Federal push to cut sepsis rates spurs changes in hospital protocols

    Dr. Marcus Romanello

    Dr. Marcus Romanello

    Hospitals across the region are spending a more money on education and training about sepsis in hopes of avoiding a possible financial penalty.

    Last year the federal government began requiring hospitals to report they ways they recognize and treat sepsis.

    Severe sepsis can quickly shut down organs and cause death. It happens when the body’s attempts to fight a local infection go awry, leaving harmful bacteria and toxins in the blood.

    Phillip Dellinger, a physician with Cooper University Hospital, said sepsis experts have been trying to get medical centers to pay more attention for years.

    “They’d be all fired up to get things done, but the purse strings at hospitals were not as generous as they are now,” Dellinger said.

    After a nudge from federal health officials, hospitals are, in turn, nudging their doctors and nurses to follow the government’s care guidelines.

    Nationally, about a million patients contract sepsis each year; about 30 to 50 percent of them die.

    The federal government’s new recommendations ask medical centers to do four things within three hours.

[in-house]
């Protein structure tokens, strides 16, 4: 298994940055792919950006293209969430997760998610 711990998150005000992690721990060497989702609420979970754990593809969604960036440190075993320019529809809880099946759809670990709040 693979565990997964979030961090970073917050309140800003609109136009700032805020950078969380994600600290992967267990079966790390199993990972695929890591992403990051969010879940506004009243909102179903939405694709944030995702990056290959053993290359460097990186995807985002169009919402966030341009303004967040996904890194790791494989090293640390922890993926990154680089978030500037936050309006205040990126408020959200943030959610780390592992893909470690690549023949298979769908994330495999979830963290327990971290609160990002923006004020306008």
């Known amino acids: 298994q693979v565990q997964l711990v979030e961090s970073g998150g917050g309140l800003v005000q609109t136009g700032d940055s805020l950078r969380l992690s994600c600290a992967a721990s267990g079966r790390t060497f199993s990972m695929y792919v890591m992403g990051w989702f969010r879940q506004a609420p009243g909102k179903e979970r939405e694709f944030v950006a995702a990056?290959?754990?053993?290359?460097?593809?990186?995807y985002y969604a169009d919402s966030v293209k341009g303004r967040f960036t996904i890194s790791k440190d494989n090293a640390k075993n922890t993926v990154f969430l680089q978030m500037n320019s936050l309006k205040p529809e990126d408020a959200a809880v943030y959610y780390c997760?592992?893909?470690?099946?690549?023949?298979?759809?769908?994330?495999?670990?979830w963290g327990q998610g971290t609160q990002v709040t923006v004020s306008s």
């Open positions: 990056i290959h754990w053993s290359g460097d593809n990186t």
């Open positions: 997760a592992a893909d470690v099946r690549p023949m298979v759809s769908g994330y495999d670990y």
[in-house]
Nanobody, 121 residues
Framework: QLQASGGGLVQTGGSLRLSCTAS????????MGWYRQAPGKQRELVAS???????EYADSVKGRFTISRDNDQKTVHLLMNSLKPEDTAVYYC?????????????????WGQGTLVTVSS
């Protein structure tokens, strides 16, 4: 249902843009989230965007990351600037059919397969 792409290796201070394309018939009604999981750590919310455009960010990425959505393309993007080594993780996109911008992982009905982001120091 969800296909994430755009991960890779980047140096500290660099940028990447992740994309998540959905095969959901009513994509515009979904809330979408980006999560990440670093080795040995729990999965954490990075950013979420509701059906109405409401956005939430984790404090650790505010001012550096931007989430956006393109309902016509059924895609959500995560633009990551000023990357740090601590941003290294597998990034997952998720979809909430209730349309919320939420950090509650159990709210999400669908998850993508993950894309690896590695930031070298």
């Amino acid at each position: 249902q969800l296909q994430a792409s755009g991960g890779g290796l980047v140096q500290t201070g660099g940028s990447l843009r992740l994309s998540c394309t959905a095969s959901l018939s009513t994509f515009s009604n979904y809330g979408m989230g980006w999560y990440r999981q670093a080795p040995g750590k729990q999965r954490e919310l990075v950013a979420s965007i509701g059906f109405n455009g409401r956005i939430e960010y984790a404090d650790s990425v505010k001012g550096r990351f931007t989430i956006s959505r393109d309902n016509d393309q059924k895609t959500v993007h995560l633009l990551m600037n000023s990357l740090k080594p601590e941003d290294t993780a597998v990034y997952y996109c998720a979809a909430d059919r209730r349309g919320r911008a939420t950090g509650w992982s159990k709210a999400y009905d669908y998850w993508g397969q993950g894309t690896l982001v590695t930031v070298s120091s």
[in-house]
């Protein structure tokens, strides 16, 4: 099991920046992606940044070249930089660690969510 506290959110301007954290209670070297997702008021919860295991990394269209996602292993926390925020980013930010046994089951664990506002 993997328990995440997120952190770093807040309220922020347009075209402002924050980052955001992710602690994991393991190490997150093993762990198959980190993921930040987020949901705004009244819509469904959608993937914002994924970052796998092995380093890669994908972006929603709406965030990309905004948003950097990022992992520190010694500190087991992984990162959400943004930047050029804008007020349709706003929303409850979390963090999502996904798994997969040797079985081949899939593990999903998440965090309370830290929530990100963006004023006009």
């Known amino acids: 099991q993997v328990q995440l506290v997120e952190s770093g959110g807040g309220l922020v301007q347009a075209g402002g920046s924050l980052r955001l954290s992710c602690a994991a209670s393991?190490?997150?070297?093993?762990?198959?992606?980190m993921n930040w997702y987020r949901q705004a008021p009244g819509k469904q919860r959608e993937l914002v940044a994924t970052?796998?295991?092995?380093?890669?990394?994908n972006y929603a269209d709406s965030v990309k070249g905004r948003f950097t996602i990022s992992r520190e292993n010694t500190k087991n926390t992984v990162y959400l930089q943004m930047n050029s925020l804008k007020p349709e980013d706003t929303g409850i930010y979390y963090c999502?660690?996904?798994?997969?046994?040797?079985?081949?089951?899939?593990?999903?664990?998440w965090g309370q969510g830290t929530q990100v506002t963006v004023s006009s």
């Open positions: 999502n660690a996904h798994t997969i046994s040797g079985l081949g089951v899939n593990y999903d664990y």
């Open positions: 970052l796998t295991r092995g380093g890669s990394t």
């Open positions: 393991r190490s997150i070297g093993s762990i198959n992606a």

Aline Holmes — a nurse and senior vice president with the New Jersey Hospital Association — said  step one is a blood test to measure something lactate.

    “If the result is over four, then it’s a sign that the patient’s organs are failing,” she said. “Then the protocol is to draw blood cultures. As soon as the blood cultures are drawn, then to immediately begin a widespread antibiotic to cover all kinds of bacterial infections.”

    Step four is to give a patient a rapid infusion of fluid to keep his blood pressure from crashing.

    In the future, the federal government may fine hospitals that don’t follow the care guidelines.

    In one year, a collaborative of New Jersey hospitals lowered that state’s self-reported sepsis death rate to about 25 percent from nearly 29 percent. That change represents 400 people, a hospital spokeswoman said.

    In the last few years, quality care experts have realized that the bounce-back rate for sepsis is too high.

    “Nearly one out of every four sepsis survivors will be rehospitalized within 30 days,” said Mark Mikkelsen, a critical care physician with the University of Pennsylvania Health System.

    “We need to prepare patients and their loved one for the possibility that, for at least a period of time, they are at risk for another infection,” he said.

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